Of course, dogs aren’t only at danger from broken glass and metal. One of my labradors was a real speed merchant and his swift acceleration put him at risk, especially during frosts and summer dry spells. Our local clay brick soil holds more than its share of flints, many of which break when in collision with the plough. It was a frequent event for the dog to cut a pad on flints and — as many of you will no doubt know — it can take a while for a split pad to heal properly. It’s Sod’s Law that it usually happens mid-season when you need your dog the most.

Black labrador in water

Water can hide all sorts of dangers


Grass seeds catching between the toes are a natural hazard that have also been an occasional issue for my dogs. It sounds relatively trivial, but the reality is that the seed has the potential to migrate into the leg and ligaments or tendons, causing abscesses and infection along the way. Both occasions required overnight veterinary intervention, while ears and eyes are also at risk. You might be told that this is a summer problem, but having old Tommy out of commission for three weeks in November proves this theory wrong. (Read more on how to keep your dog free from grass seeds.)

Now we come to that most dreaded of countryside obstacles — barbed wire. It’s frightening how many apparently innocent hedgerows contain a few hidden strands of barbed wire. Back in the days when farming was in the doldrums and mixed farms were in the majority, it was a cheap option to use barbed wire to make a straggly hedge stockproof.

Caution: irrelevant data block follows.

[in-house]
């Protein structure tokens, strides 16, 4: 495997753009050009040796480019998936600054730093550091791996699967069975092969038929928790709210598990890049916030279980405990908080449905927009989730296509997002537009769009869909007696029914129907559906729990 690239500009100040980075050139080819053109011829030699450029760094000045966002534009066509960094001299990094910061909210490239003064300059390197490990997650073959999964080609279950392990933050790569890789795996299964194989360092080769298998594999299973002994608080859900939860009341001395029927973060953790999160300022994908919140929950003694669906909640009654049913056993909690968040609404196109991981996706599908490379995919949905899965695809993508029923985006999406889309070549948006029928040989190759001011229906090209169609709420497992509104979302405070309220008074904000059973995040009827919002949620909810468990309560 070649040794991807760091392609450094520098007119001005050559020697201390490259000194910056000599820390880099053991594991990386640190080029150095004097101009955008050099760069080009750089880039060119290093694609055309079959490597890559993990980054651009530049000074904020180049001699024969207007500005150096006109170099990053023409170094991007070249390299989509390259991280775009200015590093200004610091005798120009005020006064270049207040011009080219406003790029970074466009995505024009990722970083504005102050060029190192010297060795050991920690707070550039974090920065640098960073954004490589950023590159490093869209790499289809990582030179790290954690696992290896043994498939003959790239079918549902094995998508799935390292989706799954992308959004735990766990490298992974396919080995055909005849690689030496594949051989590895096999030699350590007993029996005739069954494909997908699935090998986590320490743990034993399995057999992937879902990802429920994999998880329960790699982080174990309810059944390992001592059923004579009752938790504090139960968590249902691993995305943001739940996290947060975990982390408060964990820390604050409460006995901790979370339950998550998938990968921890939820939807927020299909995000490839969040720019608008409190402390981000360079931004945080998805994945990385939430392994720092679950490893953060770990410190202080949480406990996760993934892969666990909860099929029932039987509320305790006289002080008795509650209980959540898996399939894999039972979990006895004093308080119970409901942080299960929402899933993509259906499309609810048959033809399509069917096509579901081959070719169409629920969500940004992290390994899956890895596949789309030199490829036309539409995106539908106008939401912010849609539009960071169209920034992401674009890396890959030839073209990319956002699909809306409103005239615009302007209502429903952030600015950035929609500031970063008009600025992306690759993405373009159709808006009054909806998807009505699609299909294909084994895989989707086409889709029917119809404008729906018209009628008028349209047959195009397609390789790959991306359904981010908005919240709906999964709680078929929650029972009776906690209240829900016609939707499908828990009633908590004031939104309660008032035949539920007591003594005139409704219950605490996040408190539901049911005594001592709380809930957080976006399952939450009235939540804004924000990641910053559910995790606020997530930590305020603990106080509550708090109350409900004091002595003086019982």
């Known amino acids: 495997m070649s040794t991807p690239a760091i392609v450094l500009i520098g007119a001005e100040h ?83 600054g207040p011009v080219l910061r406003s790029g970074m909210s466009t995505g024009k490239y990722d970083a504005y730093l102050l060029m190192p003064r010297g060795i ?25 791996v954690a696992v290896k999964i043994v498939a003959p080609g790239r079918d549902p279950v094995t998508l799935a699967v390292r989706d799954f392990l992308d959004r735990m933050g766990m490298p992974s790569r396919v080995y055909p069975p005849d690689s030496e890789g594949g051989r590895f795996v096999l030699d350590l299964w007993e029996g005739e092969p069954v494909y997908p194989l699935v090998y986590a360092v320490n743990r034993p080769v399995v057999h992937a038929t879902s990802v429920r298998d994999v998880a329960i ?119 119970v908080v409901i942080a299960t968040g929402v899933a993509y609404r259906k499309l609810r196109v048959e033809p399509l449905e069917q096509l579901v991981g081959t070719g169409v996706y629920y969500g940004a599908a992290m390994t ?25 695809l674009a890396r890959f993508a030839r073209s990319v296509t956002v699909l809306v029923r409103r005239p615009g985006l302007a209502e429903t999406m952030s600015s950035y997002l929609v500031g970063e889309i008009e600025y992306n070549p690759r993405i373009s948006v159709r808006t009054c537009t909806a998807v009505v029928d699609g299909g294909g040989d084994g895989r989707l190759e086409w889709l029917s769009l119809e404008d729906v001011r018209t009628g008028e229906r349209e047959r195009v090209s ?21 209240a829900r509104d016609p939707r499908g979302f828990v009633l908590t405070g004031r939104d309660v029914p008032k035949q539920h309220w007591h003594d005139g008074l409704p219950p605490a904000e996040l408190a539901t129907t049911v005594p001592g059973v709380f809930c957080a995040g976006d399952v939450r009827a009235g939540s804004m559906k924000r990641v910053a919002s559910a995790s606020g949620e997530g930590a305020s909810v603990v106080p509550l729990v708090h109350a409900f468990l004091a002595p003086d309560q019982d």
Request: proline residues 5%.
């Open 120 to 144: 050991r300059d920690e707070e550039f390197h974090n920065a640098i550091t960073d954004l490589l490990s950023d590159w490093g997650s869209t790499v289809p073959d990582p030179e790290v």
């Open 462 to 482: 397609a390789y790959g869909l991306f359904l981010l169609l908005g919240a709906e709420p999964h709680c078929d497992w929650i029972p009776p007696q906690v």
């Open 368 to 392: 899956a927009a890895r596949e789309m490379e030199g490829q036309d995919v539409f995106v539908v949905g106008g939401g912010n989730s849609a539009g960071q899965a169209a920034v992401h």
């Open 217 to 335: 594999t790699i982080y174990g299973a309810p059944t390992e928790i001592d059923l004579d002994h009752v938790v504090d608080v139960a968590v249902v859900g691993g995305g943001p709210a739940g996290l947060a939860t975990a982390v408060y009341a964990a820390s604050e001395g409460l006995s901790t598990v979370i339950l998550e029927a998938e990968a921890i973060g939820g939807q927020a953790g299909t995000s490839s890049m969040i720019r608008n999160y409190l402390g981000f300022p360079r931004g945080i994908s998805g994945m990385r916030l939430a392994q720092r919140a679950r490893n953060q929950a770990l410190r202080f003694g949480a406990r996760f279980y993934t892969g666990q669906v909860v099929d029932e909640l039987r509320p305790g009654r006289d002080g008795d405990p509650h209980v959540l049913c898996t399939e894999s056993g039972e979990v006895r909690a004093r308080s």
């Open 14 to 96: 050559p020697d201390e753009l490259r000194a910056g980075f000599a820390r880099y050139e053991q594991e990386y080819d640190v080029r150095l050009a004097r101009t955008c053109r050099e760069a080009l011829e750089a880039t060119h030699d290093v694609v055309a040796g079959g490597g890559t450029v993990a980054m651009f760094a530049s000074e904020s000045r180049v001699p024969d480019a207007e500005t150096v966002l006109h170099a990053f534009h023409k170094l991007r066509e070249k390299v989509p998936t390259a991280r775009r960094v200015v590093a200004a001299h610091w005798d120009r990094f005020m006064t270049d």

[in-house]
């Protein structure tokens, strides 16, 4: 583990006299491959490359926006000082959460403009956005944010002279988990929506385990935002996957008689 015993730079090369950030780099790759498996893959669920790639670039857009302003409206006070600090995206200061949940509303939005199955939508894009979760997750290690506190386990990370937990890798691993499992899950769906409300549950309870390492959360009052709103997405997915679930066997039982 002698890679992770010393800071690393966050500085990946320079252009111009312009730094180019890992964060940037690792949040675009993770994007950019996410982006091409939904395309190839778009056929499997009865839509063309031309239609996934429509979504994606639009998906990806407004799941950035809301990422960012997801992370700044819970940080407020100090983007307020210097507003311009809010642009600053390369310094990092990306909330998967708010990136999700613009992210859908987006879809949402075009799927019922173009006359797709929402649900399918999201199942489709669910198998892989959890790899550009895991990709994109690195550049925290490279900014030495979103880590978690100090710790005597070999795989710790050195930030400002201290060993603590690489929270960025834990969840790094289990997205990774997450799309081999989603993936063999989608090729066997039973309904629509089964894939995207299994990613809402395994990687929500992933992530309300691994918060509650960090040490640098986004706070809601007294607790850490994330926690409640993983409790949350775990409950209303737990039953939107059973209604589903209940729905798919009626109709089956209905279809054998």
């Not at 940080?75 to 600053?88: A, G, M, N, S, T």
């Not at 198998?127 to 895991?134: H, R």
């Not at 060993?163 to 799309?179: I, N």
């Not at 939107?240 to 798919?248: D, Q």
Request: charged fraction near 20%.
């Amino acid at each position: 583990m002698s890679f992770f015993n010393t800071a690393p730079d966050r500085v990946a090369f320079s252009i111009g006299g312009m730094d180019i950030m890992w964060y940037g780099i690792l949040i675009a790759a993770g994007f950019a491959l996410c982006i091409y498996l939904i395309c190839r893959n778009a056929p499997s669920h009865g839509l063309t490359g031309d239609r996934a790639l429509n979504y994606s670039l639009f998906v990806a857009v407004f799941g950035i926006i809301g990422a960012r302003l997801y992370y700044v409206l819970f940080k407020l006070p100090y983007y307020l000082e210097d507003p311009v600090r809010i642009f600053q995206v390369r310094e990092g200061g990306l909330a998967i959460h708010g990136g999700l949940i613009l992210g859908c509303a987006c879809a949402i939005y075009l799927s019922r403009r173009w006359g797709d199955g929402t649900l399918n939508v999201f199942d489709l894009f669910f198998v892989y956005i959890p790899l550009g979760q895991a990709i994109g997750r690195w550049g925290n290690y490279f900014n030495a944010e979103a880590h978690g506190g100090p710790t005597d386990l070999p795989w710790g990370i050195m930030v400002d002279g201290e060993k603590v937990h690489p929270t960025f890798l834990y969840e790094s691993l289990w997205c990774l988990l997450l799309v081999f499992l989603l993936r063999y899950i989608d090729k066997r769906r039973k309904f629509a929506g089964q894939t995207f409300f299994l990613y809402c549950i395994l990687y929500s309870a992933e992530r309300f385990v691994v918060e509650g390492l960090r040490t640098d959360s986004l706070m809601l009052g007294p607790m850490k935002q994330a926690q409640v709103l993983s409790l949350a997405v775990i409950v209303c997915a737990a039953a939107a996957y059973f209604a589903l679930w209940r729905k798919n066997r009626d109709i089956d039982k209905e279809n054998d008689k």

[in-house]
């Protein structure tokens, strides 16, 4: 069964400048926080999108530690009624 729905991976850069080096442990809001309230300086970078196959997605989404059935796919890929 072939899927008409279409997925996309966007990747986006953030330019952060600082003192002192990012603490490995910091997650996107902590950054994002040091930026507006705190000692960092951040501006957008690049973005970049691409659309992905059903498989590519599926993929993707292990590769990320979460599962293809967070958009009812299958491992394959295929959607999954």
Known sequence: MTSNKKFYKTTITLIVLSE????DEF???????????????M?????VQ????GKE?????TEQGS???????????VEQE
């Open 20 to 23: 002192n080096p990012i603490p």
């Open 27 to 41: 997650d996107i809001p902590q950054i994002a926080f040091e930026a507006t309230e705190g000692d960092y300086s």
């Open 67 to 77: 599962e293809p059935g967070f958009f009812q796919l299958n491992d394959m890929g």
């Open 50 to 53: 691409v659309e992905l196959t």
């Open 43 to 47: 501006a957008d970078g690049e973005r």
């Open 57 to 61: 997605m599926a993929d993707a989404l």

Subsequently, the hedges have filled out and only a gundog on a retrieve — or a ferreter trying to place a purse-net on a pop-hole — is likely to fall foul of the wire. The results for dogs can be nasty, ranging from gash wounds to plucked skin that requires stitching by a competent vet. Such events can completely spoil a handler’s day, while the stress of locating an emergency vet on a Saturday afternoon is matched only by finding the means to pay for it.

Joking aside, I have always been extremely grateful to the on-call vets for their good-natured professionalism during such traumatic incidents. Once again, this is a decent time to be having a scan about and see what can be spotted and cleared, before full growth completely obscures the odious legacy wire for another year.


What does amaze me is how field trial competitors train their dogs to jump fences. It can be a thrilling spectacle but it’s not a habit I would encourage a dog to get into without the handler’s command. A collision with chicken wire or sheep netting as a dog jumps can cause abrasions, but barbed wire can be lethal. One of the nastiest incidents I saw occurred when a chap sent his trial-standard retriever after a runner. The dog jumped a fence topped with barbed wire and completed the retrieve but was later seen to be paying a lot of attention to his nether regions. Their day was over when the owner had a closer look, and the vet was later required to insert a stitch because the dog had nicked his penile sheath as he had cleared the wire.

The moral of this particular story is that for dignity’s sake, it often pays to walk a short distance and use a gate rather than playing to the gallery. Watch out for those working dog hazards.